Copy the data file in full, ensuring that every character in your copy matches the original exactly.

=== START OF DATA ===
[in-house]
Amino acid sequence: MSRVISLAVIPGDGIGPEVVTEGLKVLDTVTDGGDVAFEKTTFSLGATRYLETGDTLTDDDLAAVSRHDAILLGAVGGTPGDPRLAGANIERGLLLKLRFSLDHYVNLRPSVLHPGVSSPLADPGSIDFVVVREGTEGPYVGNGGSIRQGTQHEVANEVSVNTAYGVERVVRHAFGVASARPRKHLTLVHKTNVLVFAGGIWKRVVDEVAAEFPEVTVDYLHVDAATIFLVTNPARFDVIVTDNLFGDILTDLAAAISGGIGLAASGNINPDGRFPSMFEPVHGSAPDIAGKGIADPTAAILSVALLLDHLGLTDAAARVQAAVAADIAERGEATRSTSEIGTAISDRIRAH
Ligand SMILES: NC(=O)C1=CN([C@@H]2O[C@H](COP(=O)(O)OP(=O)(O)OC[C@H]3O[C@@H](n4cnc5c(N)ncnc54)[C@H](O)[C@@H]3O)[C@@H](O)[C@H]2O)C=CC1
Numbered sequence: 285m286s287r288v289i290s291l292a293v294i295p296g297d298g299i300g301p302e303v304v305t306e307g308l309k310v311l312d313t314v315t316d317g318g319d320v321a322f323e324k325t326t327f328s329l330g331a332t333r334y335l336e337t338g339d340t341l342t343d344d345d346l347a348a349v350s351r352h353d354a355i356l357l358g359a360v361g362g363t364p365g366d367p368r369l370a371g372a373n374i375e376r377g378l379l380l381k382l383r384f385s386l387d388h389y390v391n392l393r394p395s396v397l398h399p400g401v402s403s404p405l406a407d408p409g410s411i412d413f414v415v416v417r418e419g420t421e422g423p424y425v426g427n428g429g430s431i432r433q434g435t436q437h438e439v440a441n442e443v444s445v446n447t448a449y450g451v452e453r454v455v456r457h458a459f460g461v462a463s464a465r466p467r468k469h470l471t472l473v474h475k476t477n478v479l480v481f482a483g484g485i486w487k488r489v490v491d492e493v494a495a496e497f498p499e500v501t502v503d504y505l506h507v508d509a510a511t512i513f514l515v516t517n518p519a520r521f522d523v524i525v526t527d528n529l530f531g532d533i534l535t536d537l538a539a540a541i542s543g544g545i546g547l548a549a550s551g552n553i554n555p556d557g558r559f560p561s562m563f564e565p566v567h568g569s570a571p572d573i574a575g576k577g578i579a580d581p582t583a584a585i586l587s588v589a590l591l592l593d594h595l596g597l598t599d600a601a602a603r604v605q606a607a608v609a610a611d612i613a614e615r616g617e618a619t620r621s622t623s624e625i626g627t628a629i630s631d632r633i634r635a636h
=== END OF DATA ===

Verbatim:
[in-house]
Amino acid sequence: MSRVISLAVIPGDGIGPEVVTEGLKVLDTVTDGGDVAFEKTTFSLGATRYLETGDTLTDDDLAAVSRHDAILLGAVGGTPGDPRLAGANIERGLLLKLRFSLDHYVNLRPSVLHPGVSSPLADPGSIDFVVVREGTEGPYVGNGGSIRQGTQHEVANEVSVNTAYGVERVVRHAFGVASARPRKHLTLVHKTNVLVFAGGIWKRVVDEVAAEFPEVTVDYLHVDAATIFLVTNPARFDVIVTDNLFGDILTDLAAAISGGIGLAASGNINPDGRFPSMFEPVHGSAPDIAGKGIADPTAAILSVALLLDHLGLTDAAARVQAAVAADIAERGEATRSTSEIGTAISDRIRAH
Ligand SMILES: NC(=O)C1=CN([C@@H]2O[C@H](COP(=O)(O)OP(=O)(O)OC[C@H]3O[C@@H](n4cnc5c(N)ncnc54)[C@H](O)[C@@H]3O)[C@@H](O)[C@H]2O)C=CC1
Numbered sequence: 285m286s287r288v289i290s291l292a293v294i295p296g297d298g299i300g301p302e303v304v305t306e307g308l309k310v311l312d313t314v315t316d317g318g319d320v321a322f323e324k325t326t327f328s329l330g331a332t333r334y335l336e337t338g339d340t341l342t343d344d345d346l347a348a349v350s351r352h353d354a355i356l357l358g359a360v361g362g363t364p365g366d367p368r369l370a371g372a373n374i375e376r377g378l379l380l381k382l383r384f385s386l387d388h389y390v391n392l393r394p395s396v397l398h399p400g401v402s403s404p405l406a407d408p409g410s411i412d413f414v415v416v417r418e419g420t421e422g423p424y425v426g427n428g429g430s431i432r433q434g435t436q437h438e439v440a441n442e443v444s445v446n447t448a449y450g451v452e453r454v455v456r457h458a459f460g461v462a463s464a465r466p467r468k469h470l471t472l473v474h475k476t477n478v479l480v481f482a483g484g485i486w487k488r489v490v491d492e493v494a495a496e497f498p499e500v501t502v503d504y505l506h507v508d509a510a511t512i513f514l515v516t517n518p519a520r521f522d523v524i525v526t527d528n529l530f531g532d533i534l535t536d537l538a539a540a541i542s543g544g545i546g547l548a549a550s551g552n553i554n555p556d557g558r559f560p561s562m563f564e565p566v567h568g569s570a571p572d573i574a575g576k577g578i579a580d581p582t583a584a585i586l587s588v589a590l591l592l593d594h595l596g597l598t599d600a601a602a603r604v605q606a607a608v609a610a611d612i613a614e615r616g617e618a619t620r621s622t623s624e625i626g627t628a629i630s631d632r633i634r635a636h